Introduction

On 8 November, the British Bankers Association (BBA) issued a consultation paper seeking feedback in relation to proposals for the implementation of certain recommendations of the Final Report of the Wheatley Review of LIBOR (the Report). The Wheatley Review was set up by HM Treasury earlier this year to review and consider reform in respect of the framework for the setting and administration of LIBOR. The BBA's consultation paper puts forward a timetable for implementation of the sixth recommendation in the Report: namely, that the BBA should cease the compilation and publication of LIBOR for those currencies and maturities for which there is insufficient trade data to corroborate panel bank submissions.

This advisory provides a brief reminder of the key recommendations made in the Report and outlines the proposals made by the BBA in response to the sixth recommendation. For a more in-depth analysis of the findings and implications of the Report, please see our previous advisory, "LIBOR Reforms – The Wheatley Report". It may be noted that the Report has been fully endorsed by the UK Government, which expects the reforms to be implemented without delay (see our previous advisory, LIBOR Reforms – UK Government endorses Wheatley Report).

The Wheatley Report

The Wheatley Report put forward a number of recommendations for the reform of LIBOR. Taking each of these recommendations briefly in turn:

Regulation of LIBOR

  1. The LIBOR submission process should be designated as a "regulated activity", subject to statutory regulation by the new Financial Conduct Authority.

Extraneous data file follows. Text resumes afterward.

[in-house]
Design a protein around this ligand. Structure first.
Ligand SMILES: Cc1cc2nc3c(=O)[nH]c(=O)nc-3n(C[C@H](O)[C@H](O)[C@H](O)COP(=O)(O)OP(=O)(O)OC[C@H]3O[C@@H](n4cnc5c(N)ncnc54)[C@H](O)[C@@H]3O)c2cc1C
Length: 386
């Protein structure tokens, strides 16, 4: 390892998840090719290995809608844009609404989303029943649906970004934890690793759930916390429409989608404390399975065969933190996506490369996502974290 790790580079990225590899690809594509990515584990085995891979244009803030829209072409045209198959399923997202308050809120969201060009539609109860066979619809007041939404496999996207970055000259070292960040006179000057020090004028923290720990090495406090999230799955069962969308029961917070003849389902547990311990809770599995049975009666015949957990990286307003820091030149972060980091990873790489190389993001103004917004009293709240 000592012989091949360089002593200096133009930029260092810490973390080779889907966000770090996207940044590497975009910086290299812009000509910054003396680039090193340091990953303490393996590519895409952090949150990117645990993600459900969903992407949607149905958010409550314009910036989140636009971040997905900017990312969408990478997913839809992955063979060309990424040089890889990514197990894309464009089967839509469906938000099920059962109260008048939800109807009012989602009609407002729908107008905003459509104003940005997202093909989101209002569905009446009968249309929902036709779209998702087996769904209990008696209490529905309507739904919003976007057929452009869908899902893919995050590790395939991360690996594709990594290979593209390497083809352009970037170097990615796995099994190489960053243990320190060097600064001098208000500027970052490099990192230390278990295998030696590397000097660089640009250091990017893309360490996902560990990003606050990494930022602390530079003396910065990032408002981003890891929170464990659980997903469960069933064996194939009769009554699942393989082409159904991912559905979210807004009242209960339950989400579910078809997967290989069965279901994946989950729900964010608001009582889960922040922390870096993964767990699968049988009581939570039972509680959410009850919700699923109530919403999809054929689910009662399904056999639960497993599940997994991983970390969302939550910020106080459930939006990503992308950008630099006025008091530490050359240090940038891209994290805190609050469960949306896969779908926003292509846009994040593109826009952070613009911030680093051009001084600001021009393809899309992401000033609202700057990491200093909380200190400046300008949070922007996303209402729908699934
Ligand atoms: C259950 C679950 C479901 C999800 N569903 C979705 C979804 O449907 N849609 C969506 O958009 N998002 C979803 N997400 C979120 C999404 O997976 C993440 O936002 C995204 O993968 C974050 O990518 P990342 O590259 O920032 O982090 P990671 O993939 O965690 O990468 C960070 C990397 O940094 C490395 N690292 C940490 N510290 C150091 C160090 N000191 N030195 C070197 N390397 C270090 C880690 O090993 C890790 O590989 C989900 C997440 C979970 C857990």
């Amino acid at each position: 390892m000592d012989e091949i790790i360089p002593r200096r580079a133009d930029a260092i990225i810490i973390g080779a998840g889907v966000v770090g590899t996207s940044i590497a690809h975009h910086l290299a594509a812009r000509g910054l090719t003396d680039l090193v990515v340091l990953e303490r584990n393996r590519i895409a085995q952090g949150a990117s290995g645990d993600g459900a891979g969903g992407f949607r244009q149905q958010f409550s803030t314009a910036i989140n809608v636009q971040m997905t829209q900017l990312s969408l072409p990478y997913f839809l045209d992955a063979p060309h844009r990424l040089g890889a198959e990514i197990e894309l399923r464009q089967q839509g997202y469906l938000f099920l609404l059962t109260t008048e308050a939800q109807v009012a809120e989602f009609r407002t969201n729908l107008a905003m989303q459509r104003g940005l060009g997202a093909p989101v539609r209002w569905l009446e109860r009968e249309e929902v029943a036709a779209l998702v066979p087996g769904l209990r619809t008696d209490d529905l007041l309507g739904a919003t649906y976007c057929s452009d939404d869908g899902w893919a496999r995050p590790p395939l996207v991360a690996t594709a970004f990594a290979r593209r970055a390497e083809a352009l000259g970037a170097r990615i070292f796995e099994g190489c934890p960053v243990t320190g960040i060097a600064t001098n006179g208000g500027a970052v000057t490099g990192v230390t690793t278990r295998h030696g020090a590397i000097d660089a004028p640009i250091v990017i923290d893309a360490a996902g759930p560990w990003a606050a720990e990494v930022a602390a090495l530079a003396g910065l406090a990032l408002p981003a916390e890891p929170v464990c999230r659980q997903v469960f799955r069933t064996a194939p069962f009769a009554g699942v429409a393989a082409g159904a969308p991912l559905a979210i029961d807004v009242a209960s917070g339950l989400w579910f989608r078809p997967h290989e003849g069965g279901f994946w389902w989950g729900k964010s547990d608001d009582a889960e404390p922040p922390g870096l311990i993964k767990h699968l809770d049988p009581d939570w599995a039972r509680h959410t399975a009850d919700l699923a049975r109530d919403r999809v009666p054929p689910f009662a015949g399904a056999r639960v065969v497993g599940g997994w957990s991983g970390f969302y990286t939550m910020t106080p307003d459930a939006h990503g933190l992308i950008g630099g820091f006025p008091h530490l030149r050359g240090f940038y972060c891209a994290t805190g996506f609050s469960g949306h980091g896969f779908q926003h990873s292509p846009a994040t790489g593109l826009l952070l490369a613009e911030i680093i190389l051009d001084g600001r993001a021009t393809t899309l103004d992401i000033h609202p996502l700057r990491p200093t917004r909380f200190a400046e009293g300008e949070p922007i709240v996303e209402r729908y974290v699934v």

Institutional Reform

  1. The BBA should transfer responsibility for the setting of LIBOR to a new administrator, to be appointed by a tender process run by an independent committee set up by the regulatory authorities.
  2. The new administrator should perform specific obligations as part of its oversight of LIBOR, including scrutiny of rate submissions by panel banks and undertaking regular reviews of the effectiveness and credibility of the benchmark.
  3. The Report sets out submission guidelines to be observed by LIBOR panel banks with immediate effect. The guidelines provide a hierarchy of criteria to be assessed by rate submitters, with priority given to the explicit and clear use of actual transaction data to determine submissions.
  4. In due course, the new LIBOR administrator should, as a priority, introduce a detailed Code of Conduct for rate-setters including, amongst other things, guidelines for submissions, requirements for appropriate systems and controls, record-keeping obligations and a requirement for external audit of the submission process.

Immediate improvements to LIBOR

  1. The BBA should in due course cease to publish interest rates for currencies and tenors which are too thinly traded to allow for the use of actual transaction data.
  2. The BBA should only publish individual panel bank submissions three months after the dates concerned. This would reduce the incentive for panel banks to manipulate their submissions in order to influence their perceived credit standing.